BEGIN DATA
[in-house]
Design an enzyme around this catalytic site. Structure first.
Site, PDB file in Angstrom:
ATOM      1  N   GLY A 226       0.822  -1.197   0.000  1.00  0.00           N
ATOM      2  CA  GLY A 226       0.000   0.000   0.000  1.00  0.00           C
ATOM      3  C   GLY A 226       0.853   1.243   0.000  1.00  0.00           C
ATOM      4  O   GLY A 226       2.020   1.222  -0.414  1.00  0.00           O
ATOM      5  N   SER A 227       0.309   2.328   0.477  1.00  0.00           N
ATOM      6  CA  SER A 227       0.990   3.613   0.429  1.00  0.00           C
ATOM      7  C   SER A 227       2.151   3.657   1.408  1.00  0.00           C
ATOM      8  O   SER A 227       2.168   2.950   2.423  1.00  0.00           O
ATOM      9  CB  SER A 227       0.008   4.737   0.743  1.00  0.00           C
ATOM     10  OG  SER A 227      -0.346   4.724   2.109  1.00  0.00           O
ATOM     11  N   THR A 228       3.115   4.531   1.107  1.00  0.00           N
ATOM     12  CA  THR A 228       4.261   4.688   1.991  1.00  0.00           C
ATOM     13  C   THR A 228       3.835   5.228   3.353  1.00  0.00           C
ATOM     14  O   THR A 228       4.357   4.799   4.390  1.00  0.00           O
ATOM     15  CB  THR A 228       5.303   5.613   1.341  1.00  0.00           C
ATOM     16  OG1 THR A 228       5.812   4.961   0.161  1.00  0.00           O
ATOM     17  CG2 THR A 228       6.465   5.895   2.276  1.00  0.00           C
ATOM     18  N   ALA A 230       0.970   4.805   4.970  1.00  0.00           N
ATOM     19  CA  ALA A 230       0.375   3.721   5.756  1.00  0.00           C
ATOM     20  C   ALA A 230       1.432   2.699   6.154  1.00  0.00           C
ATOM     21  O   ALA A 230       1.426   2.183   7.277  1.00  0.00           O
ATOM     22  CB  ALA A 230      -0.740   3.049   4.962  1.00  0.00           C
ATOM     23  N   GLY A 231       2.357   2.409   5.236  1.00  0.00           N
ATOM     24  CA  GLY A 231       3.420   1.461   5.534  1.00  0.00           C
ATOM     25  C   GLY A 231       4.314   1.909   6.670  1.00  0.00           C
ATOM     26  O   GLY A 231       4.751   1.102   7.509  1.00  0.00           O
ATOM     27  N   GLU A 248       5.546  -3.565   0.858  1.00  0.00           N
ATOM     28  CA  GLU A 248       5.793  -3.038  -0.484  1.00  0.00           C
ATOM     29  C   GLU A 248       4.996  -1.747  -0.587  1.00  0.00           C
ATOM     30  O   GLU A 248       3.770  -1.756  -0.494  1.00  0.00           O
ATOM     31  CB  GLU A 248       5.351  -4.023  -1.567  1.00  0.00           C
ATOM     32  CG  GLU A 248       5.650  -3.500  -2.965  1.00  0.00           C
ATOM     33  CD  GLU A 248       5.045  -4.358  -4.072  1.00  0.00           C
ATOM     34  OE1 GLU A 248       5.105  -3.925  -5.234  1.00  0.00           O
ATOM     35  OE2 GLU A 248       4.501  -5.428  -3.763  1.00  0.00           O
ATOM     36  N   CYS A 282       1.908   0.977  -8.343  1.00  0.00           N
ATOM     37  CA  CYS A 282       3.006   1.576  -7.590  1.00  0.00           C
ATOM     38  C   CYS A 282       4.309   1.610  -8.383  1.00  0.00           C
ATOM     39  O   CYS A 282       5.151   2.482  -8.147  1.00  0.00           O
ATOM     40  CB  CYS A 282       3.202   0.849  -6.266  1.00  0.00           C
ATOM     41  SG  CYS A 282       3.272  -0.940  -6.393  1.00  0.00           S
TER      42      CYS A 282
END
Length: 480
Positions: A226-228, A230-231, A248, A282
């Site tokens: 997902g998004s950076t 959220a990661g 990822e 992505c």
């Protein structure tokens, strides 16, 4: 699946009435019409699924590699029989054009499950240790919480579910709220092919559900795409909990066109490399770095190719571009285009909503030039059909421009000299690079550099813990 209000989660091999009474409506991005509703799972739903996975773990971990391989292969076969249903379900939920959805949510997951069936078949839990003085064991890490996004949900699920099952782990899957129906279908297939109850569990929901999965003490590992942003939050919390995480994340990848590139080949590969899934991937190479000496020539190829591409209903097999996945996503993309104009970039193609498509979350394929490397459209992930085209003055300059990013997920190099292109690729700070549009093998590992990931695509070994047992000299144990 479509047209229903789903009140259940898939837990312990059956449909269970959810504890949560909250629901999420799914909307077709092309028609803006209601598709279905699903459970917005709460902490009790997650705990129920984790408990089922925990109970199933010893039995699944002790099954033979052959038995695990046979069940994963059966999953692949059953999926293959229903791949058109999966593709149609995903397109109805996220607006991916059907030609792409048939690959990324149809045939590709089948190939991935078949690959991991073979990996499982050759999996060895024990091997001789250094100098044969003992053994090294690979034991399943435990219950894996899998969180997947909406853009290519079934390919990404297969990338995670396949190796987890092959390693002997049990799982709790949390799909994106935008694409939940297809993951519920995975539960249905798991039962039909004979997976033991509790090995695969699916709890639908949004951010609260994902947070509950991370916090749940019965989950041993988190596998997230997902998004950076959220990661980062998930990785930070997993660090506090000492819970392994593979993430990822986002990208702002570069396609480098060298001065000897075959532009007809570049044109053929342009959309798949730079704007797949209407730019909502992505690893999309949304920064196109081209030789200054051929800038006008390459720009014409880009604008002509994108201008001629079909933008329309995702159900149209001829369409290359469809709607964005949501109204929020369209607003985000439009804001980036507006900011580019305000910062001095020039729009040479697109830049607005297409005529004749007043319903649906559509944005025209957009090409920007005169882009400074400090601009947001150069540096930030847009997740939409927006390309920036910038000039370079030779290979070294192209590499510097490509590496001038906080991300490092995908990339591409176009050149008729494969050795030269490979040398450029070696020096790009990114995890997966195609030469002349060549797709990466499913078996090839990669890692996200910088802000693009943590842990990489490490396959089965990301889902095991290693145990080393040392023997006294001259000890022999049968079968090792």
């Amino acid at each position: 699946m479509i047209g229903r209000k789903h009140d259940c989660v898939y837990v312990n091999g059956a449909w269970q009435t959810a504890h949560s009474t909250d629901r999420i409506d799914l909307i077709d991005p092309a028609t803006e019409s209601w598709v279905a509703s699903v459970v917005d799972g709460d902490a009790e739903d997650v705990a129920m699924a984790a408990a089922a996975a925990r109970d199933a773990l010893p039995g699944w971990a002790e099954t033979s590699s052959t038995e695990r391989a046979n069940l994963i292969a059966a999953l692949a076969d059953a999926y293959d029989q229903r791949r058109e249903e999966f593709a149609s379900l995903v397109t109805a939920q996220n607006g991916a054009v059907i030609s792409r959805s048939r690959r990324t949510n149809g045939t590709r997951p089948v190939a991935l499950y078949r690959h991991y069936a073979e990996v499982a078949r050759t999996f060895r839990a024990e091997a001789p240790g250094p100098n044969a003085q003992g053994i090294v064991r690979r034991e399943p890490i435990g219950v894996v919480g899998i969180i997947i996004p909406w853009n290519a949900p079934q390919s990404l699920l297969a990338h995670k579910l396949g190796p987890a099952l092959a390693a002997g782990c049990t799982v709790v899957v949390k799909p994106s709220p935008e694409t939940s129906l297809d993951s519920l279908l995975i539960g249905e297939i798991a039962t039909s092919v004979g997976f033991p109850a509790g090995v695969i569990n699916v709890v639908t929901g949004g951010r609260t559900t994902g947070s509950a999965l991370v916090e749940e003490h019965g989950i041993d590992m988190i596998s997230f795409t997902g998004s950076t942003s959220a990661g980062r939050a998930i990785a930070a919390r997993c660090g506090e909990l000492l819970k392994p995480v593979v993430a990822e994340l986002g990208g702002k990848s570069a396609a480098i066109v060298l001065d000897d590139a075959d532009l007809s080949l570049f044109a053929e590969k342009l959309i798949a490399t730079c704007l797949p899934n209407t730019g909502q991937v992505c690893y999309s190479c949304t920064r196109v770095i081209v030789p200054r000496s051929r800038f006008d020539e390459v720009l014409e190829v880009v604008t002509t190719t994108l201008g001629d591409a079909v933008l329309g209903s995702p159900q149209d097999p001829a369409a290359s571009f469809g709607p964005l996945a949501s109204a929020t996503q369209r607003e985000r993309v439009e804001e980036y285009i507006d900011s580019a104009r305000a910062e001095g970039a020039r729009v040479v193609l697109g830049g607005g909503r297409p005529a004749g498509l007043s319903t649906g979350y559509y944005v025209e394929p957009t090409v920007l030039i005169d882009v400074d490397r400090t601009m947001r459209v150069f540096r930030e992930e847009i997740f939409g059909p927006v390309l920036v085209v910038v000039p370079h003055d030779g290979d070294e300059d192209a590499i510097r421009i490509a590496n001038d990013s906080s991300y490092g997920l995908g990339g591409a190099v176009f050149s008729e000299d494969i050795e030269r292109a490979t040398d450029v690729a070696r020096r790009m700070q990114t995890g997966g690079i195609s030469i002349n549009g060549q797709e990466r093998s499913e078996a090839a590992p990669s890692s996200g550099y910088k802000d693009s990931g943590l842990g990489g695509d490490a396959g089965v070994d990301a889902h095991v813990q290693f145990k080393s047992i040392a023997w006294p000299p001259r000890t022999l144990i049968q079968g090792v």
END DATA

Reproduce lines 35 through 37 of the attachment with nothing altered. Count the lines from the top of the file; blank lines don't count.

ATOM     32  CG  GLU A 248       5.650  -3.500  -2.965  1.00  0.00           C
ATOM     33  CD  GLU A 248       5.045  -4.358  -4.072  1.00  0.00           C
ATOM     34  OE1 GLU A 248       5.105  -3.925  -5.234  1.00  0.00           O